McIvers cabin (644) – Inyokern (652)
Bugs bugs bugs. Flat dead bugs under my air mattress. An unshakeable cloud of sweat flies. One loud bugger just by my ear, the swat dodger. I trotted around and swung my handkerchief and attempted a Buddhist mindset of not minding.
With less than 10 miles left till the road, I didn’t have to bother much with the slow trickle coming from the spring. My pack was super light on account of having nearly no food left. My remaining food was mostly melted chocolate. For second breakfast I squished a bag of melted M&Ms into a ziplock baggie of granola crumbs and ate the mixture with dirty fingers.
Beautiful and a gorgeous day but really all I was thinking about was town, and food, and more food, and a hotel. Since I’d given myself permission to stay in a hotel, it was all I could think about.
When I got to Highway 178, it was full of RVs and trucks full of camping gear. It was the Sunday afternoon, end of the holiday weekend. Everyone was driving home from their weekend on the lake, not especially eager to pick up random hitchhikers.
It took a little while to get a ride. A Mexican family picked me up and I sat in the back seat watching their little boy play a Lego motorcycle racing game on a phone. “Oh, you’re going that way. We’re turning south, to L.A.” said the mom, when she finally got cell service. “What are you doing out here?”
“I’m hiking the Pacific Crest Trail.”
“Oh. What’s that?”
They dropped me at the intersection. Highway 14 was full of fast holiday traffic. It was at least 15 degrees hotter than in the mountains. I could see drivers gaping at me in the millisecond it took them to whiz by. I felt like an asshole. I was never going to get a ride. Probably I would get a ticket first. The hotel was only a few miles. I started walking. I came to some road construction, brand new asphalt and loads of dust. On the horizon, I could see the road I would turn on. It shimmered in the distance.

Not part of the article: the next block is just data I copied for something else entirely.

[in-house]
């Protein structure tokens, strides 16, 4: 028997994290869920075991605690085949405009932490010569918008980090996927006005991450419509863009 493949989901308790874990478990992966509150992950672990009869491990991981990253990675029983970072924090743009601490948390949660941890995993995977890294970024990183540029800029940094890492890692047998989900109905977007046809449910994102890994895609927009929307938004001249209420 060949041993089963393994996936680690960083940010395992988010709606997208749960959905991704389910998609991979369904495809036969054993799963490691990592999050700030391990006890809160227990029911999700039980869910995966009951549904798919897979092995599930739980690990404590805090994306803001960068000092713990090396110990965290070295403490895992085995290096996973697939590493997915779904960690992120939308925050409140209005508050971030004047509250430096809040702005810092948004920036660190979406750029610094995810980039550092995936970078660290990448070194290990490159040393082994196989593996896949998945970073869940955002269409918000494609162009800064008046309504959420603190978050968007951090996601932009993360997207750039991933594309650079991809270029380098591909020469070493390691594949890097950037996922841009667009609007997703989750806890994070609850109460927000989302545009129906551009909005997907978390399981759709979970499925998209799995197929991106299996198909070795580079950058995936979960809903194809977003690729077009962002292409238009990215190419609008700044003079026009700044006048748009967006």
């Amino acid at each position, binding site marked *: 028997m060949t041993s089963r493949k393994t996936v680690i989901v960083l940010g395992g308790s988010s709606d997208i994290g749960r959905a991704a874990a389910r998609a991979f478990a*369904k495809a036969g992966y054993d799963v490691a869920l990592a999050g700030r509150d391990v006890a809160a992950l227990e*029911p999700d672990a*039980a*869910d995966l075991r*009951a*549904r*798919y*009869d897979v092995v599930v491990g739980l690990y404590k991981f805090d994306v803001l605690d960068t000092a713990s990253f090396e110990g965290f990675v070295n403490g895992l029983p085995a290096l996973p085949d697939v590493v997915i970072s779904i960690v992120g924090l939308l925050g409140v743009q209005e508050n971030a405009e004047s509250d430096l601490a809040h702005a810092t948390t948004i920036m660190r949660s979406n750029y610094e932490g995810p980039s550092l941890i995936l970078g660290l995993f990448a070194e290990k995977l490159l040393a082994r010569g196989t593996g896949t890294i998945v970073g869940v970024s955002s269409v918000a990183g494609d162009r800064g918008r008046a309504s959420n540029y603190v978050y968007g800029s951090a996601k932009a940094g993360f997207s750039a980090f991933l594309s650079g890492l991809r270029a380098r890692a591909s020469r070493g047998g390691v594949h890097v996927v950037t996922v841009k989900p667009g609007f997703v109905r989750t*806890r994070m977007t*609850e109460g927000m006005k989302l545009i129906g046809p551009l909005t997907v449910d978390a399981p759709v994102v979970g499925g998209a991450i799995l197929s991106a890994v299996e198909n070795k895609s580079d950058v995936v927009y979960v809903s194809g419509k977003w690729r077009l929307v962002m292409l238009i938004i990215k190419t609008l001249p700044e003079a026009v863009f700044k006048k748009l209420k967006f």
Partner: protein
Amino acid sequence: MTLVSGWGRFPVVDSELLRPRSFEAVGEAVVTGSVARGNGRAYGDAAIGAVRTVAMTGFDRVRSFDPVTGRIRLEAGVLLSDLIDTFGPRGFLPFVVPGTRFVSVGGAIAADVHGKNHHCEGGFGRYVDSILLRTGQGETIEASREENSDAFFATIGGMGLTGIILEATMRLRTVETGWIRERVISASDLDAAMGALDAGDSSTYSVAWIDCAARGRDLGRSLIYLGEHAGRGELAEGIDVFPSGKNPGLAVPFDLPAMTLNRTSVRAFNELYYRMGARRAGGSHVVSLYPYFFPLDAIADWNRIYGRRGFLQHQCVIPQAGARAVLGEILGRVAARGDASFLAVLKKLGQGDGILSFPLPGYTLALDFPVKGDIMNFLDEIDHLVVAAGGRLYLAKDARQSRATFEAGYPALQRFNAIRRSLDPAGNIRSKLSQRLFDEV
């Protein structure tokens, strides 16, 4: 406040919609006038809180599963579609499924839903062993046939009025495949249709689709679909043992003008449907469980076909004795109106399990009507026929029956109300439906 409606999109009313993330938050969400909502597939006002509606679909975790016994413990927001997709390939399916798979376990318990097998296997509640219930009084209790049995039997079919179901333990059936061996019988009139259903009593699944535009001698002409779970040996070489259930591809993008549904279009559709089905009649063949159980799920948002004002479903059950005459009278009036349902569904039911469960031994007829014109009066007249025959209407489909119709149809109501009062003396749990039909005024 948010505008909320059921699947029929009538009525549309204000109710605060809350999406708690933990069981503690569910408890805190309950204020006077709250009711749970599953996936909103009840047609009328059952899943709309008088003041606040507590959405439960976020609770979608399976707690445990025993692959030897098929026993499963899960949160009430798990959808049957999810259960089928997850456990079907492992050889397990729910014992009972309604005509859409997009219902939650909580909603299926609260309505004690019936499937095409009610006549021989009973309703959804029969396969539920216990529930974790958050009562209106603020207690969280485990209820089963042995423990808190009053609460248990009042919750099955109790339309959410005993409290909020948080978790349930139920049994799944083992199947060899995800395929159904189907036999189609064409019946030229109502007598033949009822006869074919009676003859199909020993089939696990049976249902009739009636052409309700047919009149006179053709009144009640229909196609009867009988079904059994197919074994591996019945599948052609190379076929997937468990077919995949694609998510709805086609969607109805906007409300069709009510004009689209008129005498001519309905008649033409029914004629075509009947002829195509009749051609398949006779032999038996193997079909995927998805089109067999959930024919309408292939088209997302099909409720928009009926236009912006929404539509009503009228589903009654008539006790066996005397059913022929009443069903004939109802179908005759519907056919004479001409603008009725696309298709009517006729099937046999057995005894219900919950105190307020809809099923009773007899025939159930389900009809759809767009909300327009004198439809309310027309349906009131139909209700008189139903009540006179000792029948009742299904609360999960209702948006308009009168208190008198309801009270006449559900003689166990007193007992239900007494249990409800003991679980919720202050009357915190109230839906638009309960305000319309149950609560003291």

Shit, what was I doing? Could I maybe figure out an easier solution than marching across the surface of the sun for the next few hours?
I pulled out my phone and called the Mayfair motel. I tried to break the ice with some easy questions.
“Hi! Do you have rooms tonight? Do you have a hiker discount? Oh, one more thing – could you pick me up? It’s really hot.”
That nice lady sent her son to get me. I can’t even describe my joy when that pickup truck pulled over, heavy metal blasting. I maybe did cry a little but my tears of gratitude were instantly evaporated in the heat.
“You must be my knight in shining armor!” I yelled as I fumbled with the door. It took me far too long to figure out the seat handle thing. The heat was getting to me, or maybe it was just being away from normal civilized things and people for so long.
That nice young man with puffy hair drove me into town, pointing out all the stores I might need and offering to drive me if I wanted to go anywhere else. His mom checked me in ($50 for hikers!). There was a pretty dog behind the counter and a tiny careful garden planted around back. The woman told me to leave my dirty clothes outside my door and she would wash them for free.
I turned on the AC and took a long awaited shower and watched myself a little Law & Order marathon. The hotel lady brought my clothes back hot from the clothes line and cleaner than they’d been in weeks.
Later that night, thinking back to those minutes trying to hitch beside the hot road where I knew no one would stop (or maybe the wrong person would stop, maybe that was a premonition from my gut), I realized that that had been the closest I’d come to wanting to stop hiking.